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Anagoge, sometimes spelled anagogy, is a Greek word suggesting a "climb" or "ascent" upwards. The anagogical is a method of mystical or spiritual interpretation of statements or events, especially scriptural exegesis, that detects allusions to the afterlife.
The Buddhist term translated into English as "mindfulness" originates in the Pali term sati and in its Sanskrit counterpart smṛti. ... The term sati also means "to remember". In the Satipațțhāna-sutta the term sati means to maintain awareness of reality, whereby the true nature of phenomena can be seen.
The Berlin Wisdom Paradigm
The Berlin wisdom paradigm outlines a family of 5 criteria that define wisdom.
Jean-Paul Charles Aymard Sartre was a French philosopher, playwright, novelist, screenwriter, political activist, biographer, and literary critic. He was one of the key figures in the philosophy of existentialism and phenomenology, and one of the leading figures in 20th-century French philosophy and Marxism
Plotinus was a major Hellenistic philosopher who lived in Roman Egypt. In his philosophy, described in the Enneads, there are three principles: the One, the Intellect, and the Soul. His teacher was Ammonius Saccas, who was of the Platonic tradition.
Guy Claxton is Visiting Professor in Psychology and Education, and Director of the Research Programme on Culture and Learning in Organizations (CLIO), at the University of Bristol. He is the author of thirteen published books, including Hare Brain, Tortoise Mind.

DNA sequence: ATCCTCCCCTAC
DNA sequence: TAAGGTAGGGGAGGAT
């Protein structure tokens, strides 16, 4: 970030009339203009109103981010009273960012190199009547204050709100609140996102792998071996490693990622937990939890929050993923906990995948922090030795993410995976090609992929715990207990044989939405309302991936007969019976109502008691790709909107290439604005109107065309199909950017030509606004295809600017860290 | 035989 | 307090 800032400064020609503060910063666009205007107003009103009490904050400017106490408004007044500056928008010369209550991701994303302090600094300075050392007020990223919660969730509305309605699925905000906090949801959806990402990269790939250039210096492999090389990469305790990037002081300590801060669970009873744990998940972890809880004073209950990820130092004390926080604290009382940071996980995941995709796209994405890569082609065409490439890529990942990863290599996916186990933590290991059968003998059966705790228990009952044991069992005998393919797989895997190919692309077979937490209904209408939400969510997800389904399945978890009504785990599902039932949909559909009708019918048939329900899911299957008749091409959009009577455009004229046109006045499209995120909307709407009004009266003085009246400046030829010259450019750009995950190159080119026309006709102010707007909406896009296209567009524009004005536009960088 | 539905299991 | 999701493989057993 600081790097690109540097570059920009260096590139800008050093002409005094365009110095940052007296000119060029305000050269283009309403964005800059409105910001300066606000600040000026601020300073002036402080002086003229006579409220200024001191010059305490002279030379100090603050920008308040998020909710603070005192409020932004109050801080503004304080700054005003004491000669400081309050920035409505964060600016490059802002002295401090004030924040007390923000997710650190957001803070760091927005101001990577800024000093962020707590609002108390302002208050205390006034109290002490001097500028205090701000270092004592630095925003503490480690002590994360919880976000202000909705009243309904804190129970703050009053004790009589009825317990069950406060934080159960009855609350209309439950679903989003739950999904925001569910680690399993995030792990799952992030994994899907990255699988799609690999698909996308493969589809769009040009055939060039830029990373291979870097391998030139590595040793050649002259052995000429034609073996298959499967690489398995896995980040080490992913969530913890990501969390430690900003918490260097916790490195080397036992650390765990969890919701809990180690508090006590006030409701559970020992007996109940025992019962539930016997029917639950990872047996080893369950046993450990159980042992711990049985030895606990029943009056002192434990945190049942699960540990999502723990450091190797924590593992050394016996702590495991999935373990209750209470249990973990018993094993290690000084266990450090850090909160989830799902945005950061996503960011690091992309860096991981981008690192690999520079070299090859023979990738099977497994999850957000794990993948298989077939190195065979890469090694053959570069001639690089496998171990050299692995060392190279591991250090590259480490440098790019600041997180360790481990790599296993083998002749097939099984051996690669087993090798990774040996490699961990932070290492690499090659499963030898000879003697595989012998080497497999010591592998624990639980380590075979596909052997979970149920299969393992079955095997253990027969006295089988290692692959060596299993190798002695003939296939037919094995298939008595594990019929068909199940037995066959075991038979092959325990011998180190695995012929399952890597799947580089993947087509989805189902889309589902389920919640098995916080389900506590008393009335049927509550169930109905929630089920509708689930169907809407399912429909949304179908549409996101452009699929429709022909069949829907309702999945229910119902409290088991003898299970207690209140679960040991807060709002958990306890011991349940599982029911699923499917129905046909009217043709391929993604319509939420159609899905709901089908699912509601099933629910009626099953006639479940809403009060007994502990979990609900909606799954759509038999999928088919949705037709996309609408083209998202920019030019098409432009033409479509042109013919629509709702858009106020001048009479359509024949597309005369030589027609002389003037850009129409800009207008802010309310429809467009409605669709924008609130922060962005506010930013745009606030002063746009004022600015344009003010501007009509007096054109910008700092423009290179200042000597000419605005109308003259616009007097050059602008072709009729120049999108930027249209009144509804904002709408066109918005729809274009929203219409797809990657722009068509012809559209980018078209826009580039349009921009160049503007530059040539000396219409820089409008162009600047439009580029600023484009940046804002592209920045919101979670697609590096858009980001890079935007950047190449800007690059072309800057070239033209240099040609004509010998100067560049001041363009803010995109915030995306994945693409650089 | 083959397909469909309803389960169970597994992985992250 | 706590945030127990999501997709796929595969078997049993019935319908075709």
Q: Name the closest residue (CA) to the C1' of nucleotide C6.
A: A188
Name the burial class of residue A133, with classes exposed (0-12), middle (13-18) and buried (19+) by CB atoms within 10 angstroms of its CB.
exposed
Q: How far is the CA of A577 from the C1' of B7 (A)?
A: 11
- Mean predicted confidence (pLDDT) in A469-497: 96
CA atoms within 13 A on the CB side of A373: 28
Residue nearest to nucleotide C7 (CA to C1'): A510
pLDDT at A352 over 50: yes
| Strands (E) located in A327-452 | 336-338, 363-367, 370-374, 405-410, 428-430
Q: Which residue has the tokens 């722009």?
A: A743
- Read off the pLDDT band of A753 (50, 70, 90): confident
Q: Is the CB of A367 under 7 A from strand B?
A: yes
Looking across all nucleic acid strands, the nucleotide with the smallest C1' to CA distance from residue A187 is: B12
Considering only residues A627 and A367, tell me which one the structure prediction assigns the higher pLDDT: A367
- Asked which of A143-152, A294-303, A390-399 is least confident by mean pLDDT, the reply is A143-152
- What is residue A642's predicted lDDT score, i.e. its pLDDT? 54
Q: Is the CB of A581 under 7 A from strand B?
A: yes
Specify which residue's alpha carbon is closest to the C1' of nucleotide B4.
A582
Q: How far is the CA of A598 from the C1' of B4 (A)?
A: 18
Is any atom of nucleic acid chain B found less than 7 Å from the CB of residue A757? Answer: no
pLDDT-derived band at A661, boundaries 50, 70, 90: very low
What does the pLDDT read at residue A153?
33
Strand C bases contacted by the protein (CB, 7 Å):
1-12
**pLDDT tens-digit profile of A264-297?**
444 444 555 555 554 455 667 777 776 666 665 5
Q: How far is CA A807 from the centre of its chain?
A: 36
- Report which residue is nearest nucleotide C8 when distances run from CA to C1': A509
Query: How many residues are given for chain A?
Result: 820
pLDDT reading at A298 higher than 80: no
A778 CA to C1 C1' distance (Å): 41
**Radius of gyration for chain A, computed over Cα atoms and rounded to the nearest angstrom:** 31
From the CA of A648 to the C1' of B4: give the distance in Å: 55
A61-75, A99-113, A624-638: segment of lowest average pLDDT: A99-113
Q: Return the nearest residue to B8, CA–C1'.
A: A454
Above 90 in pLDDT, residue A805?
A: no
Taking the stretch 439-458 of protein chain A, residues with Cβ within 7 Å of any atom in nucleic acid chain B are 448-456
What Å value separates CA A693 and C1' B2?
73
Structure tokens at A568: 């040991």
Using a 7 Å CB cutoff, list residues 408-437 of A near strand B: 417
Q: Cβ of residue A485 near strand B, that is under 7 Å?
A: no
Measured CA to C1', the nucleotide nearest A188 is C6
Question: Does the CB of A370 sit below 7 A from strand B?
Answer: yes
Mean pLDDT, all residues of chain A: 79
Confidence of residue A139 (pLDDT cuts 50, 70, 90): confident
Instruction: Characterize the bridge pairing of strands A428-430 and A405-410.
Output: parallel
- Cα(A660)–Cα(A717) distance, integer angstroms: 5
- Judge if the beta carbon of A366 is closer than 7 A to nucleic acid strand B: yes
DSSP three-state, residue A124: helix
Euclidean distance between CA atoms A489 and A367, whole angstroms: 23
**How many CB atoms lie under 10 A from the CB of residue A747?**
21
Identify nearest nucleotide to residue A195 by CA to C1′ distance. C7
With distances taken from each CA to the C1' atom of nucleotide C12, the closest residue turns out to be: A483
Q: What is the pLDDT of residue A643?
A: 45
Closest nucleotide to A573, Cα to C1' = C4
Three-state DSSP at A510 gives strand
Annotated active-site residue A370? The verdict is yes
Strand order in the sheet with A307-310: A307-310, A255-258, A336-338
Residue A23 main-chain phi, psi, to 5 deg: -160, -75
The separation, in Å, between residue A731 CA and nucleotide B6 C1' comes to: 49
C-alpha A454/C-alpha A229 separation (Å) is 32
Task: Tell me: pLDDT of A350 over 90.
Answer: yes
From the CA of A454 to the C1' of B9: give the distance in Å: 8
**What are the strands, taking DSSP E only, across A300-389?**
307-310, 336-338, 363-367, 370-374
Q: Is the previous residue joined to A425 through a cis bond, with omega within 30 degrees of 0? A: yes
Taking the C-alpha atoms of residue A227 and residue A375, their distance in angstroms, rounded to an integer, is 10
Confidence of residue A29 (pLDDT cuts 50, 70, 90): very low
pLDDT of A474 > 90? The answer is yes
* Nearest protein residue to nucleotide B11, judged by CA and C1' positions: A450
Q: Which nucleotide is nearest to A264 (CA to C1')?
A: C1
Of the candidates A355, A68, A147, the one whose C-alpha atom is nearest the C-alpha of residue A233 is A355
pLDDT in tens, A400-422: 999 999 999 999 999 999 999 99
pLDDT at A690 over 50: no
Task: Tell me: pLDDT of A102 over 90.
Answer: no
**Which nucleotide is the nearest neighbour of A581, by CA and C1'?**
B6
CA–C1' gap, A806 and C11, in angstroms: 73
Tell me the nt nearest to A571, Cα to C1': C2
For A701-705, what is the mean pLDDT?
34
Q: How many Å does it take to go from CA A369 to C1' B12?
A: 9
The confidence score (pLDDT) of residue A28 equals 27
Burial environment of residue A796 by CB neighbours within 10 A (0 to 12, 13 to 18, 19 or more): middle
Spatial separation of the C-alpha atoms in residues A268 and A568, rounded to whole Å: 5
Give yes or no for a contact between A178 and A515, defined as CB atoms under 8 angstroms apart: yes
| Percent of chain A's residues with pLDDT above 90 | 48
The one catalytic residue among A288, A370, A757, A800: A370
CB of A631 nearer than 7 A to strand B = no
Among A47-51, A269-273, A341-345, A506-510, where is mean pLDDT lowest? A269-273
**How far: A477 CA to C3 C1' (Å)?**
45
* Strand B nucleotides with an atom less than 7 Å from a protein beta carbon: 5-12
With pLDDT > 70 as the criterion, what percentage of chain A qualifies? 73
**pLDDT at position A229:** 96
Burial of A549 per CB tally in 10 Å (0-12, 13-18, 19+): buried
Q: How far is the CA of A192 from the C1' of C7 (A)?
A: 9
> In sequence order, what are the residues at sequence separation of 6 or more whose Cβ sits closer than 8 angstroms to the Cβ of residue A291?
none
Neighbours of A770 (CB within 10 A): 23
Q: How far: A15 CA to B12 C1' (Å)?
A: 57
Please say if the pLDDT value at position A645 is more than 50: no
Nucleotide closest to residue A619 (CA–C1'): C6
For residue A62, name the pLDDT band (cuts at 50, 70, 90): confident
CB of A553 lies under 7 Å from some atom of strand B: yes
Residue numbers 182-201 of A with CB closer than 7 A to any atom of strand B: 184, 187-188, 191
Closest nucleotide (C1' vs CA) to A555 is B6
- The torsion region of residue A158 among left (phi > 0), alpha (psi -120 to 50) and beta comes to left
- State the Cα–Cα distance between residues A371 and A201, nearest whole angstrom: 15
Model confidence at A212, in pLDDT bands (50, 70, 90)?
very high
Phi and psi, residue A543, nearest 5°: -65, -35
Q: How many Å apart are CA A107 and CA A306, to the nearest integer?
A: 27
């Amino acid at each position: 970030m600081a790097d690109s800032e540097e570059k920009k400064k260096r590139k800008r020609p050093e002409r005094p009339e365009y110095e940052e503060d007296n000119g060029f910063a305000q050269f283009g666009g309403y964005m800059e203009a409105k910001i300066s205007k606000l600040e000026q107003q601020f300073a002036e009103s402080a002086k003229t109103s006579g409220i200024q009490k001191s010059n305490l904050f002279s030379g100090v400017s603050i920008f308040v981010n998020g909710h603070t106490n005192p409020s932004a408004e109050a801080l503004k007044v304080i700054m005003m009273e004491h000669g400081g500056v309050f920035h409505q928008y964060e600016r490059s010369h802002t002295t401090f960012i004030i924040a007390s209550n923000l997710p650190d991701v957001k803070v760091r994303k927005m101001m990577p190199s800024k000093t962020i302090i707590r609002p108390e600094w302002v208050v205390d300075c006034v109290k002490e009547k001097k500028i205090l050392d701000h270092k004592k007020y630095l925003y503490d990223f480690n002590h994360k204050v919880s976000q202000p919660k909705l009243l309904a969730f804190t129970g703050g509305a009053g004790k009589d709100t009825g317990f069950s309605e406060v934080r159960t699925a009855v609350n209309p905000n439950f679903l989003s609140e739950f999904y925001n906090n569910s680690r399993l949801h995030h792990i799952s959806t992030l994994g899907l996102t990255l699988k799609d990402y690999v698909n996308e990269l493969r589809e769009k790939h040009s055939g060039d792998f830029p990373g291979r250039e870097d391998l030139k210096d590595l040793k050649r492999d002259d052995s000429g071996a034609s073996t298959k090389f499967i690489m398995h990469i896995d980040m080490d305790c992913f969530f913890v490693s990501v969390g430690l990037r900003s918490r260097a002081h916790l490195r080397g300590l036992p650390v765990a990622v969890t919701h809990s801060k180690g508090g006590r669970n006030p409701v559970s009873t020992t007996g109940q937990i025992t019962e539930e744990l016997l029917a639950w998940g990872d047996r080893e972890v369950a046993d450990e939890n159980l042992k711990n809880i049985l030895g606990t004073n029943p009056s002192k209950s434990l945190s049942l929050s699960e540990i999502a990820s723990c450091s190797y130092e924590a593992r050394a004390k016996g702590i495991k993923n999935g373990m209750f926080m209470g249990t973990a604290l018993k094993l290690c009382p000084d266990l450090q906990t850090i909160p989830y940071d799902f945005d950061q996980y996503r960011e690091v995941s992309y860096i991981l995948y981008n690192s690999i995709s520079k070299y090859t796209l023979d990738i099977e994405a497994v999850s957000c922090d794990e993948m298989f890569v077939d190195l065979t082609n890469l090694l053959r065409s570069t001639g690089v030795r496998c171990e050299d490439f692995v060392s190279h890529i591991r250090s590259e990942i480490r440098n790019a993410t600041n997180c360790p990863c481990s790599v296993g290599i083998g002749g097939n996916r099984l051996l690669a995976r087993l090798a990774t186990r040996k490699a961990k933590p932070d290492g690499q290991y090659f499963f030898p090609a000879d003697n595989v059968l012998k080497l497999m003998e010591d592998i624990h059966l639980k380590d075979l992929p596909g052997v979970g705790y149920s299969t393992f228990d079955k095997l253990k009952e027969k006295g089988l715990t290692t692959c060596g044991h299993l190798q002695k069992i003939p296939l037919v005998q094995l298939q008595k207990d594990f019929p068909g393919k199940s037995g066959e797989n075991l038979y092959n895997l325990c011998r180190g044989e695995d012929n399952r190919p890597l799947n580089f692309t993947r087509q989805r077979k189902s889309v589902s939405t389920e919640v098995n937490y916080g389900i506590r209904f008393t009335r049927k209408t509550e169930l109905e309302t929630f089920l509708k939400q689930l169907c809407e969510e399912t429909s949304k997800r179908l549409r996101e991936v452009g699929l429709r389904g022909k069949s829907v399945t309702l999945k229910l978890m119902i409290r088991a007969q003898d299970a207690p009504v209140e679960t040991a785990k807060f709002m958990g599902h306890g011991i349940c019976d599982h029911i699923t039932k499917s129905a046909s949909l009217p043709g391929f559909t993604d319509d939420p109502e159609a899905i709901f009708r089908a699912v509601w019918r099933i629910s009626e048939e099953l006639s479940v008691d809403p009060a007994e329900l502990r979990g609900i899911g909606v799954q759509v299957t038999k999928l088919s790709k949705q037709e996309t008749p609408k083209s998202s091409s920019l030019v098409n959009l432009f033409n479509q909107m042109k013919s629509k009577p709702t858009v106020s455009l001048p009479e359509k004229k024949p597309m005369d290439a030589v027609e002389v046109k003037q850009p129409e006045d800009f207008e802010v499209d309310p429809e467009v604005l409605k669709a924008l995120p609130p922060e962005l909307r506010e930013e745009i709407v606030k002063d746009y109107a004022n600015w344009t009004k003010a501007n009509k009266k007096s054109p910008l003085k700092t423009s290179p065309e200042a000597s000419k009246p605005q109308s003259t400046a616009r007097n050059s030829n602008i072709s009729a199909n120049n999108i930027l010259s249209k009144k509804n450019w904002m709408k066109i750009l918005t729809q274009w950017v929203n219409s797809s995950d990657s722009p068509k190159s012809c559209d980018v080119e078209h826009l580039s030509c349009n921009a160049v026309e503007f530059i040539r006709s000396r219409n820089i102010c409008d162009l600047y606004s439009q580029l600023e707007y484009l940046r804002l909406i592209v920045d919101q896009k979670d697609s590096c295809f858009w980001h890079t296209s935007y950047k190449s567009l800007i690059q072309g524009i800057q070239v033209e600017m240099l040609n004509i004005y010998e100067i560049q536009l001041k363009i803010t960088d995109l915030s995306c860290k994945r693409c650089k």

J. A. Scott Kelso
J. A. Scott Kelso is a neuroscientist, and Professor of Complex Systems and Brain Sciences, Professor of Psychology, Biological Sciences and Biomedical Science at Florida Atlantic University in Boca Raton, Florida and The University of Ulster in Derry, N. Ireland
Research Professor - Complex Systems and Brain Sciences, Florida Atlantic University. Verified email at ccs.fau.edu
Stanley Milgram was an American social psychologist, best known for his controversial experiment on obedience conducted in the 1960s during his professorship at Yale. Milgram was influenced by the events of the Holocaust, especially the trial of Adolf Eichmann, in developing his experiments.
Philip Stuart Kitcher
Philip Stuart Kitcher is a British philosophy professor teaching at Columbia University who specialises in the philosophy of science, the philosophy of biology, the philosophy of mathematics, the philosophy of literature, and, more recently, pragmatism.
Peter Lipton was the Hans Rausing Professor and Head of the Department of History and Philosophy of Science at Cambridge University, and a fellow of King's College, until his unexpected death in November 2007.
Other helpful resources about this episode:
Notes on Bevry
Summary and Transcript on awakeningfromthemeaningcrisis.com